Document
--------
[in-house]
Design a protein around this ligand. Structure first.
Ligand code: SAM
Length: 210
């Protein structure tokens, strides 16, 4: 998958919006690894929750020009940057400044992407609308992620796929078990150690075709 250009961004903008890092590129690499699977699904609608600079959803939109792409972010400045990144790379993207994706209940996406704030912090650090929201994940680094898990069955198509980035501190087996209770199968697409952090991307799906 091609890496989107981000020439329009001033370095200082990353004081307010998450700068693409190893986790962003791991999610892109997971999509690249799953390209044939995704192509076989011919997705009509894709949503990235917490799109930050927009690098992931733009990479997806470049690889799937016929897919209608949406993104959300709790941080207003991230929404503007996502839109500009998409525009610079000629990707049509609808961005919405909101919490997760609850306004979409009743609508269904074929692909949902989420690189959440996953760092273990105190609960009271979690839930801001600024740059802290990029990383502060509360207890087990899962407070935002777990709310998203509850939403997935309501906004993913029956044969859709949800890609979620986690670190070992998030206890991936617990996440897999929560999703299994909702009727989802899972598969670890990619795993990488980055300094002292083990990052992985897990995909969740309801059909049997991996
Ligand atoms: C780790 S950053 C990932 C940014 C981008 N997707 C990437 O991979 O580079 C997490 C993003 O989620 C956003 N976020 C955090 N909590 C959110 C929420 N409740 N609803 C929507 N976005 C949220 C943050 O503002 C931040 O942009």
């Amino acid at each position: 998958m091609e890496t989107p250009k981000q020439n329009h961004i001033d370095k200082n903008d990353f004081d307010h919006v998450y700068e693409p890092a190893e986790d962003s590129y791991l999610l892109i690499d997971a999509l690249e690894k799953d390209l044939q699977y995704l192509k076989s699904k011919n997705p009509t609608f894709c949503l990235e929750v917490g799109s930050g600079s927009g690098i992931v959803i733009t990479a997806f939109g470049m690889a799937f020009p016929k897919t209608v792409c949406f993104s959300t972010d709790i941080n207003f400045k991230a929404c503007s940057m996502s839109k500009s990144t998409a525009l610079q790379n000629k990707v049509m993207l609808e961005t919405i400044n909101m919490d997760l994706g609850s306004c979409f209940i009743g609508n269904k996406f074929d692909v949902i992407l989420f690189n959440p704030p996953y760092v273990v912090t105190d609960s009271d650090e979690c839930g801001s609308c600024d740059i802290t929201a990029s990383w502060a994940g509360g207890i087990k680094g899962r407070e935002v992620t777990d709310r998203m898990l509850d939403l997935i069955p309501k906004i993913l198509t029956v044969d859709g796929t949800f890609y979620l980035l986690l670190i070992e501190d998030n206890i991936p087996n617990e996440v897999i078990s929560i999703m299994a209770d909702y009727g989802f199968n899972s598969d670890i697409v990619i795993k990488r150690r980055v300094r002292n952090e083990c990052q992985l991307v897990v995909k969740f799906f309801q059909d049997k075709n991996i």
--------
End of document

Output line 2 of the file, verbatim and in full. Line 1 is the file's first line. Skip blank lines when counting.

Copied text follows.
Design a protein around this ligand. Structure first.